Author: Daniel Weintraub

Healthy communities mean healthier people

By Daniel Weintraub The recent announcement that insurance premiums will be going up for people who buy their health coverage through the Affordable Care Act, or “Obamacare,” has put the program back in the news, with Republicans from Donald Trump on down calling for its repeal and Democrats saying its problems can be easily fixed. But the issue that neither side ever wants to talk

When Experience is a Liability

By Matt Perry When the New York Times sought a powerful voice to illuminate the dark scourge of ageism in America, they asked Ashton Applewhite, author of March’s This Chair Rocks: A Manifesto Against Ageism, who was profiled earlier this year by the California Health Report. In her recent piece for the Times, Applewhite eviscerates an ageism trend so common that two-thirds of older job

Plunging teen birth numbers reason to celebrate

By Daniel Weintraub Although we live in a culture of negativity that leads many people to believe that things are worse than ever, the data often show otherwise. Crime, for example, has plummeted for a quarter-century, though you’d never know it from watching the local news. Access to higher education has never been greater. And the value of the country’s manufacturing output is near all-time

Making care more affordable, but not less expensive

By Daniel Weintraub The big rate increases announced last week for health insurance policies sold by California’s version of the federal health reform are the latest evidence that the Affordable Care Act, despite its name, cannot do much to tame the rise of health care costs. The government-run health insurance market is facing all the same cost pressures that the private market has confronted for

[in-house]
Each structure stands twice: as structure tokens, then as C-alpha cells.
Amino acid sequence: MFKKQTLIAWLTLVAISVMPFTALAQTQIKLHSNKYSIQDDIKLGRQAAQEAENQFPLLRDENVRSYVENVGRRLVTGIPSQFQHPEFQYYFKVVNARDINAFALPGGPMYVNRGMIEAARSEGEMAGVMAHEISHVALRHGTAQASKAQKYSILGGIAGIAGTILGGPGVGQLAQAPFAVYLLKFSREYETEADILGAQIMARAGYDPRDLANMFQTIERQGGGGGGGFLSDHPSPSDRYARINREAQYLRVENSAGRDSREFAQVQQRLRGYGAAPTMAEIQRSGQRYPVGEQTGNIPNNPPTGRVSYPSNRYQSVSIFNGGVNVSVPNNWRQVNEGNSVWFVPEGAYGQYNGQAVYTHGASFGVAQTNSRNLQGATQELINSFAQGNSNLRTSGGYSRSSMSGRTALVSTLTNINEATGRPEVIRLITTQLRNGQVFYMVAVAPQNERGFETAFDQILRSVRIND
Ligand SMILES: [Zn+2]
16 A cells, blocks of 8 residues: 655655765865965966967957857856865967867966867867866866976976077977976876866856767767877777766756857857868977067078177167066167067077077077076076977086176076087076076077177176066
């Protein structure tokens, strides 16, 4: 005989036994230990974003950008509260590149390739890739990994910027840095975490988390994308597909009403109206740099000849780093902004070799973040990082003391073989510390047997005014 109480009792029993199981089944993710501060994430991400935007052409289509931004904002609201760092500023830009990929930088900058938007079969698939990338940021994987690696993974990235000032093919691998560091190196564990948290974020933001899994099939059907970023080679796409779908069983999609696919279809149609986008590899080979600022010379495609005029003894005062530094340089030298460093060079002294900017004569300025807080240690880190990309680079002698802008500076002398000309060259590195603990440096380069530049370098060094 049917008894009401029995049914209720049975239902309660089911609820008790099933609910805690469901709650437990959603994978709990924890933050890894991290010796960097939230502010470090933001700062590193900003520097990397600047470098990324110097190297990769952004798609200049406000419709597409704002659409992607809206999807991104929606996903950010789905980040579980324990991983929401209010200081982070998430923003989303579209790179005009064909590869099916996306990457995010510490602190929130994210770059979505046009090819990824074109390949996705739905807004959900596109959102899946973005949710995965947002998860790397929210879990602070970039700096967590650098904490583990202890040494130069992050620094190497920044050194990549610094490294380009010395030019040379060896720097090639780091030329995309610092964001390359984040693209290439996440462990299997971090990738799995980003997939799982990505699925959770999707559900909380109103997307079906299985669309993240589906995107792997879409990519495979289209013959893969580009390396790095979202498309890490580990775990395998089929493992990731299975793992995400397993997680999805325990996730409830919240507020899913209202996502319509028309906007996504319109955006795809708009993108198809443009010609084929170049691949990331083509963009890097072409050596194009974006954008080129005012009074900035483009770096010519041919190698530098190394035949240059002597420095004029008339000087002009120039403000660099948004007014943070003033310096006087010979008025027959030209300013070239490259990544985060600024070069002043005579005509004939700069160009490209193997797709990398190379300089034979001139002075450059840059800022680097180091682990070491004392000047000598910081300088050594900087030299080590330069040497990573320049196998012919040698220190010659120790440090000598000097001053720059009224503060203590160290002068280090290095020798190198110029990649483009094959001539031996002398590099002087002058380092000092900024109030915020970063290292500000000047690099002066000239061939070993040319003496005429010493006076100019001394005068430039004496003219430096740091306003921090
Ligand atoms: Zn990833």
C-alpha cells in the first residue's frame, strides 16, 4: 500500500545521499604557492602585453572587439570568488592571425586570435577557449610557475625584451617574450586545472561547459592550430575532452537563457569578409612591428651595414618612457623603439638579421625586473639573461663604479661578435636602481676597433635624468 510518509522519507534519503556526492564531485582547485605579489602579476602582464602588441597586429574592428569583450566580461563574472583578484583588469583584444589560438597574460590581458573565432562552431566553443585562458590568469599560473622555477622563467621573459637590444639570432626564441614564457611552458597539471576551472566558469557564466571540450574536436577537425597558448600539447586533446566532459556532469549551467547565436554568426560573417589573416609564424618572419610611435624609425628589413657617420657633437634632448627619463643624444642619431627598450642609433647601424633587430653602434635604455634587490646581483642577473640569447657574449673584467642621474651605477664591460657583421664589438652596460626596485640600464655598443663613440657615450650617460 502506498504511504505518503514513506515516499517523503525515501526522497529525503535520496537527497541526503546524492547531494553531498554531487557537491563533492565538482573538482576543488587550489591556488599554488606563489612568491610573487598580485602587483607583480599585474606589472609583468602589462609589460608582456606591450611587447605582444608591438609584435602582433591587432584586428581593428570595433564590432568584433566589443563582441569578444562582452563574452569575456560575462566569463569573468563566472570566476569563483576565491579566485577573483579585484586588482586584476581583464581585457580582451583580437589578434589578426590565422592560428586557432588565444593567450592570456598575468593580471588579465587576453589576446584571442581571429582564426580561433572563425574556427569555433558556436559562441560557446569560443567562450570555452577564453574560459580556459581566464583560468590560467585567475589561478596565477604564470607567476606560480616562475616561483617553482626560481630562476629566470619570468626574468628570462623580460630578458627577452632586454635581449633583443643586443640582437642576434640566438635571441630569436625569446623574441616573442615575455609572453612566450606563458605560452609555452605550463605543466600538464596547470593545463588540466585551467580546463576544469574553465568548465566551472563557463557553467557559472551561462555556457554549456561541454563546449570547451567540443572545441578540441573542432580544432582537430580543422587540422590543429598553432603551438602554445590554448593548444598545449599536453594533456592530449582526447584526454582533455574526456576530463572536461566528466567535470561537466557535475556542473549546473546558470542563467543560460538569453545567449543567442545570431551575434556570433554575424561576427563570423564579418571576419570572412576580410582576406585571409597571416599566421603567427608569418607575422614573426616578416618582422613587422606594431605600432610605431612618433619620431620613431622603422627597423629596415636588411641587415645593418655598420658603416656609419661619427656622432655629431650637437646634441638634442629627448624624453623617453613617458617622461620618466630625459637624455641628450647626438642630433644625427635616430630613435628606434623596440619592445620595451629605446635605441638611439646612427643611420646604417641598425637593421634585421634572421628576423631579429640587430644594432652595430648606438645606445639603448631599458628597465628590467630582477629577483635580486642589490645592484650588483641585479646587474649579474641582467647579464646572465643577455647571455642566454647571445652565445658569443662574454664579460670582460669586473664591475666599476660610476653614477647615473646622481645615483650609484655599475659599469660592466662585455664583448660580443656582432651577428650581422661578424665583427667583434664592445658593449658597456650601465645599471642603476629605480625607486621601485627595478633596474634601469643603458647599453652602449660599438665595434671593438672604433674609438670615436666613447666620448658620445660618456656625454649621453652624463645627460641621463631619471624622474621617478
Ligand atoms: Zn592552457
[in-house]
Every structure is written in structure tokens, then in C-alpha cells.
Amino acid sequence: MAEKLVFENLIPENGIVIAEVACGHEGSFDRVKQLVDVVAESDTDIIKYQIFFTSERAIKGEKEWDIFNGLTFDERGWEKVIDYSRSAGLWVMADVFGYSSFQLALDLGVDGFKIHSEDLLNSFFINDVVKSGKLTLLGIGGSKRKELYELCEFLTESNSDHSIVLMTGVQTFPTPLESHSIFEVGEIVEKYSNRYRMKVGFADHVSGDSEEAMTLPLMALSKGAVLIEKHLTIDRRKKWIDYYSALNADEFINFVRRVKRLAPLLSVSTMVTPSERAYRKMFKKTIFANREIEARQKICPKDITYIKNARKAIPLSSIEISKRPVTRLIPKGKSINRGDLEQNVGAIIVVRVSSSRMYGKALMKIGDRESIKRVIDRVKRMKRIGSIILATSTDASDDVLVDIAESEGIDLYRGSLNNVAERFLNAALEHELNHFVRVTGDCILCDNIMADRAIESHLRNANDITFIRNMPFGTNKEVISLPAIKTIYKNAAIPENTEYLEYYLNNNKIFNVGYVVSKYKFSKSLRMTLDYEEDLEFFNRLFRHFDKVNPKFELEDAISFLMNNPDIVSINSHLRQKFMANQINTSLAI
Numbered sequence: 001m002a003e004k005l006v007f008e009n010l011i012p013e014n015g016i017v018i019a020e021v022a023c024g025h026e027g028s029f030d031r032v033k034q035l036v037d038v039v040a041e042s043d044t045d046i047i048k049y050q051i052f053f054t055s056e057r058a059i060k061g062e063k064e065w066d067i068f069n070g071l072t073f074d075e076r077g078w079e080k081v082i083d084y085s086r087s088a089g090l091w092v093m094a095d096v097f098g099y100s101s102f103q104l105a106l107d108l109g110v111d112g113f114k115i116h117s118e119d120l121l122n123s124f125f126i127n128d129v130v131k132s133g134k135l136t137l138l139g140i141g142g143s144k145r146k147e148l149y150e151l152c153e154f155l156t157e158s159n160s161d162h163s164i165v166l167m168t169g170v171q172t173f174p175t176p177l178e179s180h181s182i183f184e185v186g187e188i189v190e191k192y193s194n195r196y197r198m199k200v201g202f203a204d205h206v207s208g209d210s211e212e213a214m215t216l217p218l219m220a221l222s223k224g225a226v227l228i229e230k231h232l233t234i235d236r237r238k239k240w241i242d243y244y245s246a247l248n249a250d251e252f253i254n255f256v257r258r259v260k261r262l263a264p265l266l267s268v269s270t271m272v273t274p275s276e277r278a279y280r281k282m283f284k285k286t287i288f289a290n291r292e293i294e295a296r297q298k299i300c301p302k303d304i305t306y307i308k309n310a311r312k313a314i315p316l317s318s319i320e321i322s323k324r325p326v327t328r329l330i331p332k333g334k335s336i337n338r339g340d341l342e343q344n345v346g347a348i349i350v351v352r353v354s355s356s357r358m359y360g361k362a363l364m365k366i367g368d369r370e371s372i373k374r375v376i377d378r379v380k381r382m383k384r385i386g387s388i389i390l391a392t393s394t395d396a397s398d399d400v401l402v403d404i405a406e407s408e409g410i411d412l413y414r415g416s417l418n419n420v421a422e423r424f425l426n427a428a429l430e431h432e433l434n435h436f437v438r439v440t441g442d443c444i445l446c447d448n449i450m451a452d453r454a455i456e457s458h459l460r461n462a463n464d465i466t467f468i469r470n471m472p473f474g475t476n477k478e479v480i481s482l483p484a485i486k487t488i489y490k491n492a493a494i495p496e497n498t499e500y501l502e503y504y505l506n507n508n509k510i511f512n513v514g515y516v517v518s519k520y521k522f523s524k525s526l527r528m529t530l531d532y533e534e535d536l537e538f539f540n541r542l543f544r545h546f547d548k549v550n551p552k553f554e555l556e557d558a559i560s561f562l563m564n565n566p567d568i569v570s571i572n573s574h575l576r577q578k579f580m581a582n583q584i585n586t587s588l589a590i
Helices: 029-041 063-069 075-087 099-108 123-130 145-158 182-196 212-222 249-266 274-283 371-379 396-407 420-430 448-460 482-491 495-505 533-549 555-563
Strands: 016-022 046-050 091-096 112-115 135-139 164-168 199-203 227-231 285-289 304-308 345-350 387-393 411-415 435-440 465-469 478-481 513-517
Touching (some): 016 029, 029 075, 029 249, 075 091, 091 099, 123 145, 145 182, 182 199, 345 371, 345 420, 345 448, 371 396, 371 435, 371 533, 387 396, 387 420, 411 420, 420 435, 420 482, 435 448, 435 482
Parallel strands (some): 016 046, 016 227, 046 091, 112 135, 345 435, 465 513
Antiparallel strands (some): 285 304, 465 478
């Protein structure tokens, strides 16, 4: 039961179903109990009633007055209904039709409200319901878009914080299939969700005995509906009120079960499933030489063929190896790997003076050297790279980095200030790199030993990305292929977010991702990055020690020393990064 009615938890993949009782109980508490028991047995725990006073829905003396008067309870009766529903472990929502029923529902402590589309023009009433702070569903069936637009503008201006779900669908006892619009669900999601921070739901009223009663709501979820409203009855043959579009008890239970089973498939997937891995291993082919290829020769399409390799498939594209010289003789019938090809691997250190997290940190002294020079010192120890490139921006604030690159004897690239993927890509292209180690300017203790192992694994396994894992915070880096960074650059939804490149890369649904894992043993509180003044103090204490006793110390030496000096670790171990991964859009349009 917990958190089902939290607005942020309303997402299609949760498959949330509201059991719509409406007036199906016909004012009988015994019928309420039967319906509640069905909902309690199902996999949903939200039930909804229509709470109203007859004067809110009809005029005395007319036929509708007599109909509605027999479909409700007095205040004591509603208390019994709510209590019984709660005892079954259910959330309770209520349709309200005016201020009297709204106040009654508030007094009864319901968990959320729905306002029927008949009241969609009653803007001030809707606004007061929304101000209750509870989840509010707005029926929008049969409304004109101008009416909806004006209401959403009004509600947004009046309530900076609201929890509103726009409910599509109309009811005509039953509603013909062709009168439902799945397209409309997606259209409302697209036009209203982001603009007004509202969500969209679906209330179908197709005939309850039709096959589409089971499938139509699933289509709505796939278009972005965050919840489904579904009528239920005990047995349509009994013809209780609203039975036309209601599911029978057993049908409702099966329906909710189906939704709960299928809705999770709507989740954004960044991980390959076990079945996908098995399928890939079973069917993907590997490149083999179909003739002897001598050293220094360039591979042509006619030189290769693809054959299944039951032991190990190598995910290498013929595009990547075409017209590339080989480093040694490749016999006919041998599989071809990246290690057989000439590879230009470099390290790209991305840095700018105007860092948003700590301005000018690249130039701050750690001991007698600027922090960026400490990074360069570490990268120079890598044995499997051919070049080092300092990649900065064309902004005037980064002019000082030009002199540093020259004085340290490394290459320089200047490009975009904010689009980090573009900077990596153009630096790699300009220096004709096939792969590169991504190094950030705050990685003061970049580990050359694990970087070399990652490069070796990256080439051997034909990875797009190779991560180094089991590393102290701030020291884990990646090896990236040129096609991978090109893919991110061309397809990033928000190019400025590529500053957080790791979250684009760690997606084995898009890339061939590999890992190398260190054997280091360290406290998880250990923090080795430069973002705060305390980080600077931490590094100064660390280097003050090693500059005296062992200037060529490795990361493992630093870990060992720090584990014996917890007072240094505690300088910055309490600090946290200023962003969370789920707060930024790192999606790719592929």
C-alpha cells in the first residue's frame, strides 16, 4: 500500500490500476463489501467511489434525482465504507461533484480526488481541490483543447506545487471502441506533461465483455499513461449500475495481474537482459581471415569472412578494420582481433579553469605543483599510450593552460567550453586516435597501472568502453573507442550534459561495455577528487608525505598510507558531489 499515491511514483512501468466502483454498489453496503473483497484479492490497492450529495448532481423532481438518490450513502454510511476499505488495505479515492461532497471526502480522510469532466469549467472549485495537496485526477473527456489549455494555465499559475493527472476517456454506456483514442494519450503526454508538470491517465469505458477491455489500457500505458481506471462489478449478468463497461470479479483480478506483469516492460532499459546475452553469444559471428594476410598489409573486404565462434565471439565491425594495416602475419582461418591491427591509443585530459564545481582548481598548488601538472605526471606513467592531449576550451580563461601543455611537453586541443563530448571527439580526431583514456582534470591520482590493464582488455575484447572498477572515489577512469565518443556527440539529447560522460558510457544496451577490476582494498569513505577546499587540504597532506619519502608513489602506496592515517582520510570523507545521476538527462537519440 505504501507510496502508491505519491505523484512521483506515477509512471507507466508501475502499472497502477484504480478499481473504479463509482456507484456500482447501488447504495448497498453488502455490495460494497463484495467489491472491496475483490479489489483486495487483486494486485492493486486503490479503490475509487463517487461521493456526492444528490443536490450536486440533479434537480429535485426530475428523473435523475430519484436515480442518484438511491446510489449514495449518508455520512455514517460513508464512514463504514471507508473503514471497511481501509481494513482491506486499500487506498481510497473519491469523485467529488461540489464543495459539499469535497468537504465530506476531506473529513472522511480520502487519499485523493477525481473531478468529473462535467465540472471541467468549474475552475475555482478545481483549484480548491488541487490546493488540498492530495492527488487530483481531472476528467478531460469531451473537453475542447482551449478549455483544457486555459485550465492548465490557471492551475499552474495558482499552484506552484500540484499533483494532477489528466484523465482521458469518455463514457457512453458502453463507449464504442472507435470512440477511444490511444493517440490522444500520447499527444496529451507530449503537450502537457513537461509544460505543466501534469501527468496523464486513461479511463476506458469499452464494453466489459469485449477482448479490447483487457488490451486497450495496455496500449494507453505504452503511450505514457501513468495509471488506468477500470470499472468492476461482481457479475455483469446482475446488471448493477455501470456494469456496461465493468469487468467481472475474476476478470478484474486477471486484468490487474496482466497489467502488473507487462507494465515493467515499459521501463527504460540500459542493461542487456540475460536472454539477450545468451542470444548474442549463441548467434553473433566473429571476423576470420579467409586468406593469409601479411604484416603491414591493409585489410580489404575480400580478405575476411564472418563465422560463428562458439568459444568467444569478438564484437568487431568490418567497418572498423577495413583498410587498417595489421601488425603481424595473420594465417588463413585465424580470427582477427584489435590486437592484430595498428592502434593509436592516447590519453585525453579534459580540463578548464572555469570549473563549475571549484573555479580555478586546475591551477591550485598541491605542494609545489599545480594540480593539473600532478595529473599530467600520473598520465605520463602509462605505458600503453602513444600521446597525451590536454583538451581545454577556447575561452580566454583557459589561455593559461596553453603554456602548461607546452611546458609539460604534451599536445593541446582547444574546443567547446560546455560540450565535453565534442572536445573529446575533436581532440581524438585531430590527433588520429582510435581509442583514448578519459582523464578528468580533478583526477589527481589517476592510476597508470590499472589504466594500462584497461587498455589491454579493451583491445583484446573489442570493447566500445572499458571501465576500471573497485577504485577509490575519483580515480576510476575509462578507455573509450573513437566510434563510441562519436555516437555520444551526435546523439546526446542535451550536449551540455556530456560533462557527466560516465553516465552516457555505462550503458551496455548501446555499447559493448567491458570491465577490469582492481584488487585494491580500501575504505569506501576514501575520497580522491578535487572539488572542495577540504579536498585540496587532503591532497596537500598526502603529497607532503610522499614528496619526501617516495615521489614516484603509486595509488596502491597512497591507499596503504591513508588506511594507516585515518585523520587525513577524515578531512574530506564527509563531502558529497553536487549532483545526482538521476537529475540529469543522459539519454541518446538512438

State Budget Includes $5 Million to Allow Those with Food Stamps to Buy More From Farmers’ Markets

By Hannah Guzik More Californians who receive food stamps will be able to buy double the fruits and vegetables at farmers’ markets after Gov. Jerry Brown approved $5 million in funding for the program as part of the new state budget. The Market Match program increases amount people with CalFresh benefits are able to spend on fruits and vegetables at certain farmers’ markets in the

Maternal Mortality Has Declined in California, But Disparities Persist

  By Hannah Guzik   California women are significantly less likely to die from childbirth complications than mothers nationwide, but racial disparities persist, according to a new report. There were 7.3 maternal deaths per 100,000 live births in California in 2013, according to the California Health Care Foundation report released Wednesday. Nationwide, during the same year there were 22 maternal deaths for the same number

Do Central Valley Hospitals Earn Their Nonprofit Tax Breaks?

By Hannah Guzik Major Central Valley hospitals don’t report enough data to determine whether they earn the extensive tax breaks they get for operating as nonprofits, according to a study released Monday. “These hospitals get a whopping tax break because they’re supposed to benefit the community as not-for-profits, but the data they report is so sketchy that we truly don’t know if they earn those

Advocates push to ban "surprise" hospital bills

By Daniel Weintraub Major surgery or a stay in the hospital can be stressful enough, even when you have insurance. But Californians with health care coverage who seek treatment at a clinic or hospital that is in their insurance plan’s network must often also deal with the anguish caused by huge unexpected costs. The culprits: physicians who are part of the hospital treatment team but

Trump, Sanders and health care

By Daniel Weintraub In the days before last month’s Iowa caucuses, the Washington Times quoted a stay-at-home mom from Dubuque who wasn’t yet sure how she was going to vote. But the woman had narrowed her choice to a final two: Republican Donald Trump and Democrat Bernie Sanders. How could she be torn between the only billionaire in the race and the man who says,

Fighting diabetes with hip-hop, poetry

By Daniel Weintraub Dr. Dean Schillinger spent much of his life fighting a losing battle against a preventable epidemic that has taken millions of American lives. Now, for the first time, he has hope. The disease is Type 2 Diabetes, an illness driven largely by bad diets and sedentary lifestyles and which has ravaged people in poverty and ethnic minorities in numbers far greater than

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